Binay got his break when he was appointed by President Corazon Aquino as officer-in-charge of Makati City during her post-Edsa revolutionary government, and he has hinged his political career partly on his ties with the Aquino support base since then. In 2010, he ran under the banner of deposed President Joseph Estrada, whose populist support base remains strong, while still harping on his Aquino association. His surprise victory in that race was in large part a result of the underground Noy-Bi campaign.

But this election marks Binay’s coming-of-age, so to speak. When he fielded his daughter Nancy, who, as most observers point out, have almost zero experience in public service, as a senatorial candidate, the Vice President was testing the national viability of his own name. He was no longer banking on his association with the Aquinos and the Estradas; he was building his own house, so to speak. The fact that Nancy has garnered more votes than Bam and JV seems to show that he has succeeded.

In a previous blog post, I drew on Professor Randy David’s discussion of the three different types of post-Edsa presidents: the moralists (the Aquinos), the populist (Estrada), and the technocratic (Ramos and Macapagal-Arroyo).

These three leadership templates have their respective constituencies. The masa base, for instance, has remained intact through the years and, despite Senator Manuel Villar’s vigorous attempt to court it in 2010, under the command of former President Estrada.

The Aquino constituency, meanwhile, cuts across social classes, united in adhering to good governance and moral leadership as exemplified by personal incorruptibility, but is not as compact as the Edsa Tres crowd.

The constituency of the technocratic leadership template, on the other hand, is composed mostly of the middle class. Unfortunately, this constituency has never enjoyed coherence: It was split between Ramos and Defensor-Santiago in 1992, Roco and De Villa in 1998, Roco and Macapagal-Arroyo in 2004, and Gordon and Teodoro in 2010.

Just as the Vice President is building his own name in the national political consciousness, so is he consolidating his hold on the masa bloc as the undisputed successor to President Estrada. The elite and the middle class, which the masa perceive to be smug, publicly dread the specter of a Binay presidency, just as they had dreaded the inevitable rise of Estrada before 1998. The Binays, for instance, are being demonized in the social media just as Estrada was bashed through short messaging system (SMS) prior to and during the 1998 campaign. But while this consolidates an anti-Binay middle class constituency, it also enhances Binay’s image among the masa, due in part to the elitist tone of most anti-Binay propaganda. The way the social media derides Nancy Binay’s complexion, for instance, helps the Binays in the way Erap jokes helped Estrada in 1998– and Reli German reportedly works for the Binays too.

But as the Vice President gains the masa crowd, so is he losing in the yellow constituency. His decision to challenge the President by fielding his United Nationalist Alliance (UNA) slate has diminished his credibility among the President’s supporters. He maintains personal connections with the apparently marginalized Peping Coujangco branch of the President’s clan, as well as with the Aquino sisters, but his pragmatism has led many to question his adherence to Daang Matuwid. In other words, Binay has shed his yellow feature and, like Estrada, is now emerging as a purely masa candidate in 2016. The key to his undoing, therefore, would be the dilution of his hold on the masa bloc.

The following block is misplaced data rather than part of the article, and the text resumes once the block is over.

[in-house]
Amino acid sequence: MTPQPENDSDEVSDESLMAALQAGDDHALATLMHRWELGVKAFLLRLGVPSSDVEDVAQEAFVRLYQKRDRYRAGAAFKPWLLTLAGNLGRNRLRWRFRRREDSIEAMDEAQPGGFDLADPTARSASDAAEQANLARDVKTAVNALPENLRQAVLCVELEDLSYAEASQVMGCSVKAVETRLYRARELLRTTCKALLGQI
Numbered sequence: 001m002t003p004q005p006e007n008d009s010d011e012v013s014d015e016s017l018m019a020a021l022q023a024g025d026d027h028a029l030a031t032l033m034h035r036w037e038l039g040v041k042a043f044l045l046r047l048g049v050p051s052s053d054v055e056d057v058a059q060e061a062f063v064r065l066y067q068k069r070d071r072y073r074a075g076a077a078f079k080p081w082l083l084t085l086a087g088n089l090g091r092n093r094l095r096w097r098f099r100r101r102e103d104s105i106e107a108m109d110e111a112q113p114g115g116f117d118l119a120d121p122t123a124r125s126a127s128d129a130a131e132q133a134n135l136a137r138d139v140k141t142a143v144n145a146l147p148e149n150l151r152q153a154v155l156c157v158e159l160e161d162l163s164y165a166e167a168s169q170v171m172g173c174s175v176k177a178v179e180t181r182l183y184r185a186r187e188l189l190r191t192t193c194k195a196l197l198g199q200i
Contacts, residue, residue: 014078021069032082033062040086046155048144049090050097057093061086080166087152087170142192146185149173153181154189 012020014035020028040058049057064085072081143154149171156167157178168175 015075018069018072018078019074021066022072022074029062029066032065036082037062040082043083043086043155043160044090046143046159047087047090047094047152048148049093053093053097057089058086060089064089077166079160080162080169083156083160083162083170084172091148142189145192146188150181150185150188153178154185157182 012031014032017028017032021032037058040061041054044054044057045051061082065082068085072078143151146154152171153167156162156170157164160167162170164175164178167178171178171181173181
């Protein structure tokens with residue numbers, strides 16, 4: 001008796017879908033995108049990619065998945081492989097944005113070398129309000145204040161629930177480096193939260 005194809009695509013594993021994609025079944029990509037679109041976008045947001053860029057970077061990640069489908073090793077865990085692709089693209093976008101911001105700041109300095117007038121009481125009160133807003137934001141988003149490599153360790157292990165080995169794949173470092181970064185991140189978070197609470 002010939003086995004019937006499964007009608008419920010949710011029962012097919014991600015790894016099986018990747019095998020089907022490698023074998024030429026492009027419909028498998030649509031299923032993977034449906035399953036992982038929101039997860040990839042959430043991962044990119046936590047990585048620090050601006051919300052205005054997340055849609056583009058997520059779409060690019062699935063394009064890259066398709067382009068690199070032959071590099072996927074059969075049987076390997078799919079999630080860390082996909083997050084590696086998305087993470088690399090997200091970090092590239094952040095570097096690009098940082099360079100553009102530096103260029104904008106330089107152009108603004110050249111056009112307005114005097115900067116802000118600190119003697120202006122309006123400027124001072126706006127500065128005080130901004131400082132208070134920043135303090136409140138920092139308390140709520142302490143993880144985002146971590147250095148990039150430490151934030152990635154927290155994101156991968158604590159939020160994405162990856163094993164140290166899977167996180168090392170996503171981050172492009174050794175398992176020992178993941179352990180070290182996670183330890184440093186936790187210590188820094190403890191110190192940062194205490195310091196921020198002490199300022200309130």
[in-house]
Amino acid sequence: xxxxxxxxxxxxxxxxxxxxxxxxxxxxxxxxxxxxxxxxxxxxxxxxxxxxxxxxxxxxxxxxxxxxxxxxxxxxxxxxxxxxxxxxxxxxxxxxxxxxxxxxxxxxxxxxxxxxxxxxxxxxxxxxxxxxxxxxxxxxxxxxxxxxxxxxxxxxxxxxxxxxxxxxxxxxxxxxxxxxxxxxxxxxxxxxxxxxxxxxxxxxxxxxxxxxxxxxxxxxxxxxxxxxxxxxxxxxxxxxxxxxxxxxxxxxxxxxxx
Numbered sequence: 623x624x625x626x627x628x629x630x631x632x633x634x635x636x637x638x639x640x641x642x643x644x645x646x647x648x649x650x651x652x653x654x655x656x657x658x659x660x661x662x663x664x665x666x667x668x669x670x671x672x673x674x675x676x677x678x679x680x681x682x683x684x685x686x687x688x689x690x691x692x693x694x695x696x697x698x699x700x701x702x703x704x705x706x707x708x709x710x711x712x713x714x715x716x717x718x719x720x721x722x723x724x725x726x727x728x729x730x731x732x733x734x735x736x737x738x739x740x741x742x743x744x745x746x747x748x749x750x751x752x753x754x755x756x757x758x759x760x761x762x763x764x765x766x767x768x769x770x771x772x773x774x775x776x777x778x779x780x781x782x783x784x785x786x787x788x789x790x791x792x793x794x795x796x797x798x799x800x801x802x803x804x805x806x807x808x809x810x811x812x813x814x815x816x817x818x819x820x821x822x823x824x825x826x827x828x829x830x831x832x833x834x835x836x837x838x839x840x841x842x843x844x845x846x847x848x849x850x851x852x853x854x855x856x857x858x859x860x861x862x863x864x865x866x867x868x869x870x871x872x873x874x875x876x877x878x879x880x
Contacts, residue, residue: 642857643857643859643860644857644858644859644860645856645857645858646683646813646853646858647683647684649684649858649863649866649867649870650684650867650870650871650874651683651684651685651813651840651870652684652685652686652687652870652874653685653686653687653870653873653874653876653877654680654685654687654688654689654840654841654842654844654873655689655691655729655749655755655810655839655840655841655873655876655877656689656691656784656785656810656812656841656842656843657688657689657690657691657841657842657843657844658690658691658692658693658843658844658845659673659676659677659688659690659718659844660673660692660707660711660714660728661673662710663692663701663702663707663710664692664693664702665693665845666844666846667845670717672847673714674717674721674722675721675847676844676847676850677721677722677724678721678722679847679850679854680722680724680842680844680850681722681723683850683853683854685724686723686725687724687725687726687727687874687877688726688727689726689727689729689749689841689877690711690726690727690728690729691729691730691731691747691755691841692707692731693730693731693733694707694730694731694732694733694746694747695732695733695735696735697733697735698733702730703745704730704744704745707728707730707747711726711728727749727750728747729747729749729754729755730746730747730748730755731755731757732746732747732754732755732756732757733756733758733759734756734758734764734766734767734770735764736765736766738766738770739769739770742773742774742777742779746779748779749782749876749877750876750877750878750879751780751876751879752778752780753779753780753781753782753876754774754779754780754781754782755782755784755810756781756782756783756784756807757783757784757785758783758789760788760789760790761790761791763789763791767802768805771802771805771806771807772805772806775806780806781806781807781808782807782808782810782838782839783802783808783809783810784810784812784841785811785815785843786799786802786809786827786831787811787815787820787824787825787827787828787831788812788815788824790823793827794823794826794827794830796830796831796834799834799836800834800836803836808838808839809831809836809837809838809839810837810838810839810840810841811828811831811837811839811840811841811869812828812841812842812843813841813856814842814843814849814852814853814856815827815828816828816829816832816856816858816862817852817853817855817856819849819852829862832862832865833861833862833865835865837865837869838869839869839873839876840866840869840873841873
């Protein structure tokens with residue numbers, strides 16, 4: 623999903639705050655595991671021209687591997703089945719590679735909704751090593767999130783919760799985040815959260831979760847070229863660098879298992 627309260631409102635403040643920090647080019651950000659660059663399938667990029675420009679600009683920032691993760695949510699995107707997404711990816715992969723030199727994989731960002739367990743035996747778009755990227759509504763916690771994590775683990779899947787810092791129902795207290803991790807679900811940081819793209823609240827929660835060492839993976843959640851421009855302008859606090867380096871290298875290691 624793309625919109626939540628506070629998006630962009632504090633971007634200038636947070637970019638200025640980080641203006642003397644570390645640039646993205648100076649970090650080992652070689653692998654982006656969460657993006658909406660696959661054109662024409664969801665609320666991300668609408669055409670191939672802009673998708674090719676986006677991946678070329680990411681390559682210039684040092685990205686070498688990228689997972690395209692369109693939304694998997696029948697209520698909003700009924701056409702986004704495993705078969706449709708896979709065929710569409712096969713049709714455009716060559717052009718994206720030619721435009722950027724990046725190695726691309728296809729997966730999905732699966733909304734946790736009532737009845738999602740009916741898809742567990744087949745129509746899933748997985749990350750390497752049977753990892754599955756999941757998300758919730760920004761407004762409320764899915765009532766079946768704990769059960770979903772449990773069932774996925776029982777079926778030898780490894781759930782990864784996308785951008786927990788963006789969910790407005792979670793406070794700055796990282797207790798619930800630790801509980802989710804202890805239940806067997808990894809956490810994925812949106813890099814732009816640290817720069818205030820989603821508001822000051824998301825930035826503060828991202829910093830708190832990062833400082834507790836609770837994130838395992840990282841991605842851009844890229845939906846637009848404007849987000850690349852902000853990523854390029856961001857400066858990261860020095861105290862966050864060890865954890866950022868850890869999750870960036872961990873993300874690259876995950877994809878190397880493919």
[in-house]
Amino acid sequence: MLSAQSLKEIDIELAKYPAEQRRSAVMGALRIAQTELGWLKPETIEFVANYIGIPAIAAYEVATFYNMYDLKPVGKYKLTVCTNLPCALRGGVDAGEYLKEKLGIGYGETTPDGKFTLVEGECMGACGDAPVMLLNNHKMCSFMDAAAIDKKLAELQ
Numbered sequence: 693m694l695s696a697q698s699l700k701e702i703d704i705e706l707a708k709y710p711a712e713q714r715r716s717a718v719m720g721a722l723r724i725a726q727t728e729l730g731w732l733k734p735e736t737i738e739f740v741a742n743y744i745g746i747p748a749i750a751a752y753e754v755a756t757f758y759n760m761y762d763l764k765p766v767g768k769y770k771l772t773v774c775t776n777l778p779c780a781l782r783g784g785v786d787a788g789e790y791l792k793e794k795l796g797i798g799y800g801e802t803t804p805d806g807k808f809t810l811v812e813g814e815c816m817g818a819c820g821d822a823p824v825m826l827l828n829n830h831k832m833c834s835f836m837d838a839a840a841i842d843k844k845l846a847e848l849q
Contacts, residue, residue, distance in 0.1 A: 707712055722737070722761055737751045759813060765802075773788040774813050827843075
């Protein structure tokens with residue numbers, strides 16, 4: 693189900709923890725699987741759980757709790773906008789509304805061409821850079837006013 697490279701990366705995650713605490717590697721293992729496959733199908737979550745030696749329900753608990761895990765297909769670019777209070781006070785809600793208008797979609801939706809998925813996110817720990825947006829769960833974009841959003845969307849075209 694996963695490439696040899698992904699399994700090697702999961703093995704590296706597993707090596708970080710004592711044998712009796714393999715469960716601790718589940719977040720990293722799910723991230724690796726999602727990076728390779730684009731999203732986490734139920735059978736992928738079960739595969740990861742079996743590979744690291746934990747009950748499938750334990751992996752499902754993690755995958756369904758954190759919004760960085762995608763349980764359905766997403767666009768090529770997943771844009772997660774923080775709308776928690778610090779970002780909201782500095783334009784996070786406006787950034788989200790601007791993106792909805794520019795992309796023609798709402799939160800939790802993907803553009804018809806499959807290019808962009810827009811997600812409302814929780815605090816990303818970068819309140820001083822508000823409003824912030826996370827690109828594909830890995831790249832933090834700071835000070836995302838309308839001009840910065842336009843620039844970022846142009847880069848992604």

It might be too premature to say, but the ruling Liberal Party’s favored heir apparent, Secretary of the Interior Manuel Roxas II, appears to have no chance of at least gaining a fraction of the masa constituency. He’s not even trying. The President’s endorsement will only get him so far; the Aquino magic is difficult to bestow on a non-Aquino, as proven by Manila Mayor Alfredo Lim’s failed bid for the presidency in 1998. Ultimately, he will split the middle class vote with someone like Richard Gordon. Unless he repackages himself, and only if the Aquino administration’s gains begins to trickle down in the next three years, he would be no match for Vice President Binay.

Poe, on the other hand, could be a game-changer. The national consensus is that his father, the late Fernando Poe Jr., won the 2004 elections but was cheated by the unlamentable Gloria Macapagal-Arroyo. As Professor Nicole Curato pointed out, she was a consensus candidate: Her being her father’s daughter gave her a formidable masa support base, and her subtle repudiation of the UNA has strengthened her Daang Matuwid credentials among the yellow crowd. For personal reasons, it would be difficult for President Estrada to disown her in favor of Binay; and the FPJ for President Movement  (FPJPM), which supports her, can be said to be capable of causing a split within the Pwersa ng Masang Pilipino (PMP).

This early, Poe is revealing a populist streak that could endear him to the masa: She wants to thoroughly study the possibility of including free lunch meals for the poorest elementary school students in the K-12 education policy. She has also expressed support for the passage of the Freedom of Information (FOI) Act.